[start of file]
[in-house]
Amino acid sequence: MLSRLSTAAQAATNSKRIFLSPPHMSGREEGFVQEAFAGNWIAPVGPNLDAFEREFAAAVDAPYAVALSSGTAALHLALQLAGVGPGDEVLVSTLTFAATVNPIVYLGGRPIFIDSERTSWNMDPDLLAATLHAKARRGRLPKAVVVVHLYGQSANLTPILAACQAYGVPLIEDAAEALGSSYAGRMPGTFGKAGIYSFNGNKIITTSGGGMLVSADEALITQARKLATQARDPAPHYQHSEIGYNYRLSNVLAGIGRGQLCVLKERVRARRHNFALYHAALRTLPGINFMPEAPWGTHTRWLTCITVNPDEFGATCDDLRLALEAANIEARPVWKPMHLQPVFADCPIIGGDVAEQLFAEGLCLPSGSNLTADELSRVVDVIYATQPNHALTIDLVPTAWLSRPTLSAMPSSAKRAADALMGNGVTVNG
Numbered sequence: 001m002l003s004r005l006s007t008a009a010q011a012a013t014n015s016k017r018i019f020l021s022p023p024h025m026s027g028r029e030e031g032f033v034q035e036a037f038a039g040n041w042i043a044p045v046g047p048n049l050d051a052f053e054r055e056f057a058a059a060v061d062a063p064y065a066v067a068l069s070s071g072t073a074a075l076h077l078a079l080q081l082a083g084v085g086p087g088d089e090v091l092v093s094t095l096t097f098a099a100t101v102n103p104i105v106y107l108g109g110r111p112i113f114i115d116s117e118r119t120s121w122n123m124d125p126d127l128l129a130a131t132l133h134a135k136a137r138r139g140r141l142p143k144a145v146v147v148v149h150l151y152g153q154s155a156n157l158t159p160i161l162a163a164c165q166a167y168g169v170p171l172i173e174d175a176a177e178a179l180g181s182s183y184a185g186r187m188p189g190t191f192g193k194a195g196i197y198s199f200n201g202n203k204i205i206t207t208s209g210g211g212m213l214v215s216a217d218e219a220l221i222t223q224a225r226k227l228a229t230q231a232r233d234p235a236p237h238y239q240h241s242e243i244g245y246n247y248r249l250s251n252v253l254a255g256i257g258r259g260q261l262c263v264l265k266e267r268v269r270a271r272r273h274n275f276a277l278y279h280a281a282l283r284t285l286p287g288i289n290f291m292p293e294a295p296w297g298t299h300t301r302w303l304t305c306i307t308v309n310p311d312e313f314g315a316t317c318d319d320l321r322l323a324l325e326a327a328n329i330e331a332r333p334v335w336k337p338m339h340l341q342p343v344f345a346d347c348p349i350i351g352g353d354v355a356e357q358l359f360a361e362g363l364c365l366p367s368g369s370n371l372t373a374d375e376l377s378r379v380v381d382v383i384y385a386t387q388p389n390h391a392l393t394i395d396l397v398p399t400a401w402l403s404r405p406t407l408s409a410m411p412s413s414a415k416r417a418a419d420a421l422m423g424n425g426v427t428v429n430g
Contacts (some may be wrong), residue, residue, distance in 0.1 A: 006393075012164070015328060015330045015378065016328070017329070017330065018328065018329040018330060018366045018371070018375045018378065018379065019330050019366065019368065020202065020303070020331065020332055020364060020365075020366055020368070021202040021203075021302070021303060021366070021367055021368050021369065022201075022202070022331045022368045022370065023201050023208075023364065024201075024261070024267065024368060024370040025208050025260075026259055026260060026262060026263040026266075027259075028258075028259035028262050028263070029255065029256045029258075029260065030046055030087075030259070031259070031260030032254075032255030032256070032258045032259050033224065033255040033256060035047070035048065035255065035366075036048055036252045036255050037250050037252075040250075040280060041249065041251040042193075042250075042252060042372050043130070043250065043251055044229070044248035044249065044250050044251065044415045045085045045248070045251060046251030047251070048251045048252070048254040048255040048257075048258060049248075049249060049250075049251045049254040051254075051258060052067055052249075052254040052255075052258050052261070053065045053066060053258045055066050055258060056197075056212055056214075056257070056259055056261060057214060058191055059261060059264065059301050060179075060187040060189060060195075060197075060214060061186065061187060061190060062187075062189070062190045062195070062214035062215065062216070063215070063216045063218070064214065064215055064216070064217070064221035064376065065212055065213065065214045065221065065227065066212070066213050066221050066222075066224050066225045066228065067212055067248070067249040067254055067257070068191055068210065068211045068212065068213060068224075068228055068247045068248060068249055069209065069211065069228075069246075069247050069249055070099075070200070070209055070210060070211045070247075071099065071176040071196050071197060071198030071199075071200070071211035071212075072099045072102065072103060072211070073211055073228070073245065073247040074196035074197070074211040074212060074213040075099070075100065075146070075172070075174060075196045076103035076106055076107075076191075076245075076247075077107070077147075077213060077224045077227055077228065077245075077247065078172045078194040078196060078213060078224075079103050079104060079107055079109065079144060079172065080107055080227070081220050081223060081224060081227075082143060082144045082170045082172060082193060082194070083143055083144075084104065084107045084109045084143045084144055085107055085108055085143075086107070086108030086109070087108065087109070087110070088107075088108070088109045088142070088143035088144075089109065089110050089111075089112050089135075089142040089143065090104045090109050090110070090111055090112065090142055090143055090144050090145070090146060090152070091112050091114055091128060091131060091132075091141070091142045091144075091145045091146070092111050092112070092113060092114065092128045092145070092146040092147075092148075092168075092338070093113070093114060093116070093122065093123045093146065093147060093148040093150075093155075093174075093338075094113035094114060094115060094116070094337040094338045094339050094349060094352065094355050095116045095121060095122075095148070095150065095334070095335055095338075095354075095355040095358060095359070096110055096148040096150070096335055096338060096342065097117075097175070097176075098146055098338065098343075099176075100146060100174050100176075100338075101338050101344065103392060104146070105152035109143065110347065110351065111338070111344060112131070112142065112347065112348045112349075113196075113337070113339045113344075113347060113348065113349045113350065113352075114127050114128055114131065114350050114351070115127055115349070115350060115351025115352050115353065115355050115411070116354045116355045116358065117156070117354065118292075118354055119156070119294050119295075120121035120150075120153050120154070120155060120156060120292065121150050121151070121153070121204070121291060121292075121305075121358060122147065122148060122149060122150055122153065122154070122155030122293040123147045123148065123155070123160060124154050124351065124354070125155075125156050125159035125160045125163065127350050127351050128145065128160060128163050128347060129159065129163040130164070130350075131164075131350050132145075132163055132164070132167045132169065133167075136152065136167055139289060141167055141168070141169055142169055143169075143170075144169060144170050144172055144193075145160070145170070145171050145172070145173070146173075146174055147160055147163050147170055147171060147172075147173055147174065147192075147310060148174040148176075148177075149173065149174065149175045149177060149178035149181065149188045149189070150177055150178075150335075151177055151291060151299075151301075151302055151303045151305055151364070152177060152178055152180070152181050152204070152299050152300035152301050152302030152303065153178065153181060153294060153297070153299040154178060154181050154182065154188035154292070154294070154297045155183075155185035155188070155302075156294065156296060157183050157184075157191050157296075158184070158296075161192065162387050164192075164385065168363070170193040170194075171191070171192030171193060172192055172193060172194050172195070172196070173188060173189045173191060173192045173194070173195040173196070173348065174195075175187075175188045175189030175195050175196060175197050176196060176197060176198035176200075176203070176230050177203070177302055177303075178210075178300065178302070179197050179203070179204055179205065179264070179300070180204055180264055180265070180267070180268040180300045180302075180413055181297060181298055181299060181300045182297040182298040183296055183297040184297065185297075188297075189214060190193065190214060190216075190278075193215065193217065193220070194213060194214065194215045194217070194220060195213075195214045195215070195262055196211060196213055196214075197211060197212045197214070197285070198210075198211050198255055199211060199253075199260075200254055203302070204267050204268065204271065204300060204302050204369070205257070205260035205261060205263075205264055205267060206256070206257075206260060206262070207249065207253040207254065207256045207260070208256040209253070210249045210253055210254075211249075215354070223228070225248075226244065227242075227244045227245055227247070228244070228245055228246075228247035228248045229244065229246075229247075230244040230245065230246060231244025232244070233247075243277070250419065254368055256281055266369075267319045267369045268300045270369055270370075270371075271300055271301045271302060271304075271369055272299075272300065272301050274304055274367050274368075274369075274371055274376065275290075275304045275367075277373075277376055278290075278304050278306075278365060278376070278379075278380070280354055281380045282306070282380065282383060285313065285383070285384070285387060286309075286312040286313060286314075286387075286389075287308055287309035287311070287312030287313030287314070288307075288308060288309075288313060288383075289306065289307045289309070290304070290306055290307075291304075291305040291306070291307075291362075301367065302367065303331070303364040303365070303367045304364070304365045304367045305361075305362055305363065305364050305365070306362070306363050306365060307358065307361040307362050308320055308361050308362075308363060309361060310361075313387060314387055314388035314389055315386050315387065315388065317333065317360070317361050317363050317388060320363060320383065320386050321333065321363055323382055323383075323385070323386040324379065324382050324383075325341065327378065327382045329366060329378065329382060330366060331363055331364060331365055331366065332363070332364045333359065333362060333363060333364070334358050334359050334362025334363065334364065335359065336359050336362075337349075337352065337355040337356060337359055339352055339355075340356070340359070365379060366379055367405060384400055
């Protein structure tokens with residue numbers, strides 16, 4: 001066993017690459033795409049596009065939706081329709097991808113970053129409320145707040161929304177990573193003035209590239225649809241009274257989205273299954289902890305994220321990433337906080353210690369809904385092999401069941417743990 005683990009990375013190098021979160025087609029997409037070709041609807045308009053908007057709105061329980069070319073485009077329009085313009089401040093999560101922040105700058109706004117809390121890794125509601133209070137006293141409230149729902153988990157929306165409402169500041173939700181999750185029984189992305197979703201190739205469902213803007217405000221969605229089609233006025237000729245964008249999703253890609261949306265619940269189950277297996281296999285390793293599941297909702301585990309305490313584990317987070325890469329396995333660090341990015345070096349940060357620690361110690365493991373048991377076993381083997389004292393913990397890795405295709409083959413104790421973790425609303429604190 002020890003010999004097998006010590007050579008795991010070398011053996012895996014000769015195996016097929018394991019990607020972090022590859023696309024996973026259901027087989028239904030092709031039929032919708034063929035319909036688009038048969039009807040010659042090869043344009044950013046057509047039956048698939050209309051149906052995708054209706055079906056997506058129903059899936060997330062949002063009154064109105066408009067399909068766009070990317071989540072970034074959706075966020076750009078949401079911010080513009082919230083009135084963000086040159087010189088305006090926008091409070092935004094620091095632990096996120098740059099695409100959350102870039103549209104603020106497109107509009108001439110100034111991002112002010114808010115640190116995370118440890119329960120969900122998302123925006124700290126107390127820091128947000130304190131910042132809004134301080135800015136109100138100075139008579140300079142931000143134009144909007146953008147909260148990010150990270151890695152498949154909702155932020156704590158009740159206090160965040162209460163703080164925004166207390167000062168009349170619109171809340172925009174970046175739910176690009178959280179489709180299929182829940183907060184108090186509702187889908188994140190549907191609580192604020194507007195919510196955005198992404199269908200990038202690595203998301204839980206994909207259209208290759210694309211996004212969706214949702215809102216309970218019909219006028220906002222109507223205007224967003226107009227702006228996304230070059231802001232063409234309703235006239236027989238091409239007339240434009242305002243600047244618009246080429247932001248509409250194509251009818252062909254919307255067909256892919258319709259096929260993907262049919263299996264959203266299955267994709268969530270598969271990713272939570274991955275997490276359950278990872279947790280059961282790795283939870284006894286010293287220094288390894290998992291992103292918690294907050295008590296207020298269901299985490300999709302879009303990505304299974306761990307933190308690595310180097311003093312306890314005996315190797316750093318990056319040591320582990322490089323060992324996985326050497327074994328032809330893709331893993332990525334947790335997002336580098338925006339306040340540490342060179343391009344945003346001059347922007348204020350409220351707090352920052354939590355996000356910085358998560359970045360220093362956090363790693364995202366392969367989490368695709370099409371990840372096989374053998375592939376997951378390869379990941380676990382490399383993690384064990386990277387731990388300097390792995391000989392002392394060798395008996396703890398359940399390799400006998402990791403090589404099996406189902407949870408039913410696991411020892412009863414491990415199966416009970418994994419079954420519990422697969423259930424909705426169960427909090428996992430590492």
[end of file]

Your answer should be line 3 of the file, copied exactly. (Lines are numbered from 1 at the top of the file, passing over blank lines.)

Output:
Numbered sequence: 001m002l003s004r005l006s007t008a009a010q011a012a013t014n015s016k017r018i019f020l021s022p023p024h025m026s027g028r029e030e031g032f033v034q035e036a037f038a039g040n041w042i043a044p045v046g047p048n049l050d051a052f053e054r055e056f057a058a059a060v061d062a063p064y065a066v067a068l069s070s071g072t073a074a075l076h077l078a079l080q081l082a083g084v085g086p087g088d089e090v091l092v093s094t095l096t097f098a099a100t101v102n103p104i105v106y107l108g109g110r111p112i113f114i115d116s117e118r119t120s121w122n123m124d125p126d127l128l129a130a131t132l133h134a135k136a137r138r139g140r141l142p143k144a145v146v147v148v149h150l151y152g153q154s155a156n157l158t159p160i161l162a163a164c165q166a167y168g169v170p171l172i173e174d175a176a177e178a179l180g181s182s183y184a185g186r187m188p189g190t191f192g193k194a195g196i197y198s199f200n201g202n203k204i205i206t207t208s209g210g211g212m213l214v215s216a217d218e219a220l221i222t223q224a225r226k227l228a229t230q231a232r233d234p235a236p237h238y239q240h241s242e243i244g245y246n247y248r249l250s251n252v253l254a255g256i257g258r259g260q261l262c263v264l265k266e267r268v269r270a271r272r273h274n275f276a277l278y279h280a281a282l283r284t285l286p287g288i289n290f291m292p293e294a295p296w297g298t299h300t301r302w303l304t305c306i307t308v309n310p311d312e313f314g315a316t317c318d319d320l321r322l323a324l325e326a327a328n329i330e331a332r333p334v335w336k337p338m339h340l341q342p343v344f345a346d347c348p349i350i351g352g353d354v355a356e357q358l359f360a361e362g363l364c365l366p367s368g369s370n371l372t373a374d375e376l377s378r379v380v381d382v383i384y385a386t387q388p389n390h391a392l393t394i395d396l397v398p399t400a401w402l403s404r405p406t407l408s409a410m411p412s413s414a415k416r417a418a419d420a421l422m423g424n425g426v427t428v429n430g